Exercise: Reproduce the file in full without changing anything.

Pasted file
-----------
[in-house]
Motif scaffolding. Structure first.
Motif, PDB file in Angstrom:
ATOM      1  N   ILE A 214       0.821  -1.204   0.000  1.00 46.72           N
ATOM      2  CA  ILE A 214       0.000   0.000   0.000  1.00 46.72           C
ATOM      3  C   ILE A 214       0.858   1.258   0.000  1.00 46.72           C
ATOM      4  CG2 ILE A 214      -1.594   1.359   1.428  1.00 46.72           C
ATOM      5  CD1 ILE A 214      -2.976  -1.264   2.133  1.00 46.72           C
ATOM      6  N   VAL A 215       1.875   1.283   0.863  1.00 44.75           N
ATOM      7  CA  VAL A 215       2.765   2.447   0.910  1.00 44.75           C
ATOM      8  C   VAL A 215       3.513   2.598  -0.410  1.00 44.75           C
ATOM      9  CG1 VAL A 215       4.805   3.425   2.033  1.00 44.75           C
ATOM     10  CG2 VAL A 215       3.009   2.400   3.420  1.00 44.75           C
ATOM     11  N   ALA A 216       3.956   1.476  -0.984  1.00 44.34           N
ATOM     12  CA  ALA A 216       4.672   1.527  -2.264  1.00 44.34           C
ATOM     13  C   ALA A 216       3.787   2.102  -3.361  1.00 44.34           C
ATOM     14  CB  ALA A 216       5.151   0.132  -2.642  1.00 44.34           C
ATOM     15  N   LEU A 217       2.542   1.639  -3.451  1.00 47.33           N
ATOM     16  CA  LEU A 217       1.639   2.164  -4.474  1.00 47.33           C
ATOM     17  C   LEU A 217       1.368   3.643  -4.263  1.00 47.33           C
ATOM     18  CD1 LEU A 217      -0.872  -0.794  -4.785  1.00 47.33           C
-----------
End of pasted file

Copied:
[in-house]
Motif scaffolding. Structure first.
Motif, PDB file in Angstrom:
ATOM      1  N   ILE A 214       0.821  -1.204   0.000  1.00 46.72           N
ATOM      2  CA  ILE A 214       0.000   0.000   0.000  1.00 46.72           C
ATOM      3  C   ILE A 214       0.858   1.258   0.000  1.00 46.72           C
ATOM      4  CG2 ILE A 214      -1.594   1.359   1.428  1.00 46.72           C
ATOM      5  CD1 ILE A 214      -2.976  -1.264   2.133  1.00 46.72           C
ATOM      6  N   VAL A 215       1.875   1.283   0.863  1.00 44.75           N
ATOM      7  CA  VAL A 215       2.765   2.447   0.910  1.00 44.75           C
ATOM      8  C   VAL A 215       3.513   2.598  -0.410  1.00 44.75           C
ATOM      9  CG1 VAL A 215       4.805   3.425   2.033  1.00 44.75           C
ATOM     10  CG2 VAL A 215       3.009   2.400   3.420  1.00 44.75           C
ATOM     11  N   ALA A 216       3.956   1.476  -0.984  1.00 44.34           N
ATOM     12  CA  ALA A 216       4.672   1.527  -2.264  1.00 44.34           C
ATOM     13  C   ALA A 216       3.787   2.102  -3.361  1.00 44.34           C
ATOM     14  CB  ALA A 216       5.151   0.132  -2.642  1.00 44.34           C
ATOM     15  N   LEU A 217       2.542   1.639  -3.451  1.00 47.33           N
ATOM     16  CA  LEU A 217       1.639   2.164  -4.474  1.00 47.33           C
ATOM     17  C   LEU A 217       1.368   3.643  -4.263  1.00 47.33           C
ATOM     18  CD1 LEU A 217      -0.872  -0.794  -4.785  1.00 47.33           C